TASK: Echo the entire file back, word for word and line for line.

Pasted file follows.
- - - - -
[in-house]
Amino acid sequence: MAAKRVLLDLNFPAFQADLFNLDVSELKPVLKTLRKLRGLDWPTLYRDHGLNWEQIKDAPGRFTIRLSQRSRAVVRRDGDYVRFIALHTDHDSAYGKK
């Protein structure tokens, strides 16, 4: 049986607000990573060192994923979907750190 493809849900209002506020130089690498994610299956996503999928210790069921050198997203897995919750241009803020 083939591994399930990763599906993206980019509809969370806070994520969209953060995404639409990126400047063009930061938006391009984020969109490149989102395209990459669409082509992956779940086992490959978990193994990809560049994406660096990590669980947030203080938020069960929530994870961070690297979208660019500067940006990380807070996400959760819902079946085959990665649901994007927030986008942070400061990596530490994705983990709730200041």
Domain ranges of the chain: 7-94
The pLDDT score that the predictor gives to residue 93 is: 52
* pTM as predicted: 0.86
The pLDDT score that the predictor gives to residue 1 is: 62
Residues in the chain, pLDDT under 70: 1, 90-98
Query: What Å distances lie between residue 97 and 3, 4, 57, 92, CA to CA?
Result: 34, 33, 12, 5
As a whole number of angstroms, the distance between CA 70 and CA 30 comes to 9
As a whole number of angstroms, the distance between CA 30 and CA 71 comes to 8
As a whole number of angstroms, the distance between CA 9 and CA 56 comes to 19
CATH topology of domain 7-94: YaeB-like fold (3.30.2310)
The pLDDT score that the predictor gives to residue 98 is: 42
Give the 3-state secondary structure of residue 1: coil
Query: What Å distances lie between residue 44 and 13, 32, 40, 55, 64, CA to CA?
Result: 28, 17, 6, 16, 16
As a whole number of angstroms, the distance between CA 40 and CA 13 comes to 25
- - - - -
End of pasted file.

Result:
[in-house]
Amino acid sequence: MAAKRVLLDLNFPAFQADLFNLDVSELKPVLKTLRKLRGLDWPTLYRDHGLNWEQIKDAPGRFTIRLSQRSRAVVRRDGDYVRFIALHTDHDSAYGKK
């Protein structure tokens, strides 16, 4: 049986607000990573060192994923979907750190 493809849900209002506020130089690498994610299956996503999928210790069921050198997203897995919750241009803020 083939591994399930990763599906993206980019509809969370806070994520969209953060995404639409990126400047063009930061938006391009984020969109490149989102395209990459669409082509992956779940086992490959978990193994990809560049994406660096990590669980947030203080938020069960929530994870961070690297979208660019500067940006990380807070996400959760819902079946085959990665649901994007927030986008942070400061990596530490994705983990709730200041």
Domain ranges of the chain: 7-94
The pLDDT score that the predictor gives to residue 93 is: 52
* pTM as predicted: 0.86
The pLDDT score that the predictor gives to residue 1 is: 62
Residues in the chain, pLDDT under 70: 1, 90-98
Query: What Å distances lie between residue 97 and 3, 4, 57, 92, CA to CA?
Result: 34, 33, 12, 5
As a whole number of angstroms, the distance between CA 70 and CA 30 comes to 9
As a whole number of angstroms, the distance between CA 30 and CA 71 comes to 8
As a whole number of angstroms, the distance between CA 9 and CA 56 comes to 19
CATH topology of domain 7-94: YaeB-like fold (3.30.2310)
The pLDDT score that the predictor gives to residue 98 is: 42
Give the 3-state secondary structure of residue 1: coil
Query: What Å distances lie between residue 44 and 13, 32, 40, 55, 64, CA to CA?
Result: 28, 17, 6, 16, 16
As a whole number of angstroms, the distance between CA 40 and CA 13 comes to 25